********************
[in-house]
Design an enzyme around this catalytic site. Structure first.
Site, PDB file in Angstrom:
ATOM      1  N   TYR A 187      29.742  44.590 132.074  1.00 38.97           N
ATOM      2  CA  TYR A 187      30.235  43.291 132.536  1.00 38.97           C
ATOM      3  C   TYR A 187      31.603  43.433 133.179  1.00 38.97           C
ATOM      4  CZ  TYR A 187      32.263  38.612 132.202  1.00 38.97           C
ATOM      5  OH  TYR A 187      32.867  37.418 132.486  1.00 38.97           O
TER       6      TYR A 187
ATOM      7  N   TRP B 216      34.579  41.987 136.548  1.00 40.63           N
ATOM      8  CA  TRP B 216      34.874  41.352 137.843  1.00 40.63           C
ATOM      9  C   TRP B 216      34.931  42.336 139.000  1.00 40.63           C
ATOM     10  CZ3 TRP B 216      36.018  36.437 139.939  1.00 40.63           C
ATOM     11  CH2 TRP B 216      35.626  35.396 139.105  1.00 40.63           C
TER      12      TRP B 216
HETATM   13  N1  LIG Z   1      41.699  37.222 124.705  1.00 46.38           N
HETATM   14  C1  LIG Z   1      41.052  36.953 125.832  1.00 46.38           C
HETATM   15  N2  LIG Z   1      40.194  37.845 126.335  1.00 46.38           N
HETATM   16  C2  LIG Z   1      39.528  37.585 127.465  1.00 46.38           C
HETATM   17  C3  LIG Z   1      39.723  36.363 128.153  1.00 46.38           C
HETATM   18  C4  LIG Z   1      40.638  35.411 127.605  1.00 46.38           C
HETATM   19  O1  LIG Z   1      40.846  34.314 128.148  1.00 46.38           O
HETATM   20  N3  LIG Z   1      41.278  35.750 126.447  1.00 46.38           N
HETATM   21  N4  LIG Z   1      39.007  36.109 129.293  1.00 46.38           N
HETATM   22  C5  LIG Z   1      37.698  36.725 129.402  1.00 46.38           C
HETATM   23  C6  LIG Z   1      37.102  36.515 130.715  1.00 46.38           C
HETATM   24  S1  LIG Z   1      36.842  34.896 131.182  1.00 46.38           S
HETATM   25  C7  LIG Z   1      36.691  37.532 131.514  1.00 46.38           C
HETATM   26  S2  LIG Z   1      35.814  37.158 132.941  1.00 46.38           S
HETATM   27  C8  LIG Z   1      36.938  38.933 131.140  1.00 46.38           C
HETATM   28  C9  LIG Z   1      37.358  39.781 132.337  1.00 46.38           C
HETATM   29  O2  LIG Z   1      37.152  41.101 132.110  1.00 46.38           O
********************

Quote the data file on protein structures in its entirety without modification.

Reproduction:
[in-house]
Design an enzyme around this catalytic site. Structure first.
Site, PDB file in Angstrom:
ATOM      1  N   TYR A 187      29.742  44.590 132.074  1.00 38.97           N
ATOM      2  CA  TYR A 187      30.235  43.291 132.536  1.00 38.97           C
ATOM      3  C   TYR A 187      31.603  43.433 133.179  1.00 38.97           C
ATOM      4  CZ  TYR A 187      32.263  38.612 132.202  1.00 38.97           C
ATOM      5  OH  TYR A 187      32.867  37.418 132.486  1.00 38.97           O
TER       6      TYR A 187
ATOM      7  N   TRP B 216      34.579  41.987 136.548  1.00 40.63           N
ATOM      8  CA  TRP B 216      34.874  41.352 137.843  1.00 40.63           C
ATOM      9  C   TRP B 216      34.931  42.336 139.000  1.00 40.63           C
ATOM     10  CZ3 TRP B 216      36.018  36.437 139.939  1.00 40.63           C
ATOM     11  CH2 TRP B 216      35.626  35.396 139.105  1.00 40.63           C
TER      12      TRP B 216
HETATM   13  N1  LIG Z   1      41.699  37.222 124.705  1.00 46.38           N
HETATM   14  C1  LIG Z   1      41.052  36.953 125.832  1.00 46.38           C
HETATM   15  N2  LIG Z   1      40.194  37.845 126.335  1.00 46.38           N
HETATM   16  C2  LIG Z   1      39.528  37.585 127.465  1.00 46.38           C
HETATM   17  C3  LIG Z   1      39.723  36.363 128.153  1.00 46.38           C
HETATM   18  C4  LIG Z   1      40.638  35.411 127.605  1.00 46.38           C
HETATM   19  O1  LIG Z   1      40.846  34.314 128.148  1.00 46.38           O
HETATM   20  N3  LIG Z   1      41.278  35.750 126.447  1.00 46.38           N
HETATM   21  N4  LIG Z   1      39.007  36.109 129.293  1.00 46.38           N
HETATM   22  C5  LIG Z   1      37.698  36.725 129.402  1.00 46.38           C
HETATM   23  C6  LIG Z   1      37.102  36.515 130.715  1.00 46.38           C
HETATM   24  S1  LIG Z   1      36.842  34.896 131.182  1.00 46.38           S
HETATM   25  C7  LIG Z   1      36.691  37.532 131.514  1.00 46.38           C
HETATM   26  S2  LIG Z   1      35.814  37.158 132.941  1.00 46.38           S
HETATM   27  C8  LIG Z   1      36.938  38.933 131.140  1.00 46.38           C
HETATM   28  C9  LIG Z   1      37.358  39.781 132.337  1.00 46.38           C
HETATM   29  O2  LIG Z   1      37.152  41.101 132.110  1.00 46.38           O